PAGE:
-Living with a toddler, raising an adult: Parents are responsible for modeling the behavior they want kids to demonstrate. Turn tantrums, meltdowns, and other “red zone” moments into teaching moments by acting or listening instead of talking so that children can develop character traits that will ensure a healthy adult life.
-Intention means intuition: When parents are clear about the intentional routines, structure, boundaries, and limits they put in place to support their family, children mature and grow within a healthy space that allows for order and independence, thinking, and decision-making.
In The Straight Talk on Parenting, Hoefle offers a course of action that is simple, manageable, and relevant to every family with any parenting challenge.
“I believe, with all my heart, that the method I have been using for the past twenty-five years with my own children and with the tens of thousands of parents I have worked with can be used by anyone who is willing to go through the sometimes messy moments that come with trying something new… With practice comes familiarity, and with familiarity comes confidence.”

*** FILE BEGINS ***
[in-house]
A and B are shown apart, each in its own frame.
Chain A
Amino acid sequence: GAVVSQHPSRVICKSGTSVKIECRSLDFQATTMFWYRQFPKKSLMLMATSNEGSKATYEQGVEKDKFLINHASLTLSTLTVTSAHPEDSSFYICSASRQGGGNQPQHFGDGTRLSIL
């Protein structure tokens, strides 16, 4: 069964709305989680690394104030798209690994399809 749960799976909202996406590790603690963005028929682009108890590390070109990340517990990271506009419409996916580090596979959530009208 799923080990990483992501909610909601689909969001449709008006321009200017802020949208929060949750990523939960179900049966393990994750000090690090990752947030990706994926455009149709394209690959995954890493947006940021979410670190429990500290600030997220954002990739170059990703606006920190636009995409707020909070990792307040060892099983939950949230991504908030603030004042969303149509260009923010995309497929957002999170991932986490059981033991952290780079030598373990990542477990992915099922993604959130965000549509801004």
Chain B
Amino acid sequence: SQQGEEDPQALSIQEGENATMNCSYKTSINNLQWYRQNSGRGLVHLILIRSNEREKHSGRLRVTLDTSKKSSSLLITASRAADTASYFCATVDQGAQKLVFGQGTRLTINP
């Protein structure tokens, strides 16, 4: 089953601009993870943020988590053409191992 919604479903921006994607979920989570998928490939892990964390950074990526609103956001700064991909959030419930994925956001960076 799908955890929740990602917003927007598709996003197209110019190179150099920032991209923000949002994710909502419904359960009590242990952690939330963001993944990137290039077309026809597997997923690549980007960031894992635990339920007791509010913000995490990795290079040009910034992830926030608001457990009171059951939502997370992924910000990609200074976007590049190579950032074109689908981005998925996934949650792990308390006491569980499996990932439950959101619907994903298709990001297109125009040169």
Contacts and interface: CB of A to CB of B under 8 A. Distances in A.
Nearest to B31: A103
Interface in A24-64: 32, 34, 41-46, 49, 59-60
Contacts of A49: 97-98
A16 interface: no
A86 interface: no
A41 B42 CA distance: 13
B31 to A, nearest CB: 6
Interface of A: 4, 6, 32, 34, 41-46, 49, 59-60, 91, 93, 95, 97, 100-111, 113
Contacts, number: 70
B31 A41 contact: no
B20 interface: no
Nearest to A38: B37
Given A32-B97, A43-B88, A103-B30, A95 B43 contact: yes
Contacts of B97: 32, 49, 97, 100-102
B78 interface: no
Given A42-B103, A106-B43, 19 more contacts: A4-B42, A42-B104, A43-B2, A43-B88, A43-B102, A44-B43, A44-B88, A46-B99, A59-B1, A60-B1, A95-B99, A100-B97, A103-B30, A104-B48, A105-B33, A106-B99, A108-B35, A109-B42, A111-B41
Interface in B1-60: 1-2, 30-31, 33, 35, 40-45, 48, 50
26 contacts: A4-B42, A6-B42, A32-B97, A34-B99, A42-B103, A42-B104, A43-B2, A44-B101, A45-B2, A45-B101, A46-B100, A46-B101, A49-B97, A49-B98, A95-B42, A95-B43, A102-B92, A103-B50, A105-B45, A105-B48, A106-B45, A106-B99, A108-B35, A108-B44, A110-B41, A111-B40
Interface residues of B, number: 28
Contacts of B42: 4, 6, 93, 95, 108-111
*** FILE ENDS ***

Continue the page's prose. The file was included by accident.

About Vicki Hoefle:
Vicki Hoefle is a professional parent educator, author, parent coach, and national speaker with over twenty years of experience teaching parents, educators, and caregivers how to raise respectful, responsible, and resilient children. Hoefle combines her expertise in Adlerian psychology and as an International Coaching Federation certified coach to bring parents sustainable and proactive parenting strategies that provide time-tested tools for harvesting a happy and peaceful family life. The Straight Talk on Parenting; A No-Nonsense Approach on How to Grow a Grown-Up is Hoefle’s second book; she is also the author of Duct Tape Parenting: A Less is More Approach to Raising Respectful, Responsible and Resilient Children (August 2012). For more information, please visit http://vickihoefle.com/.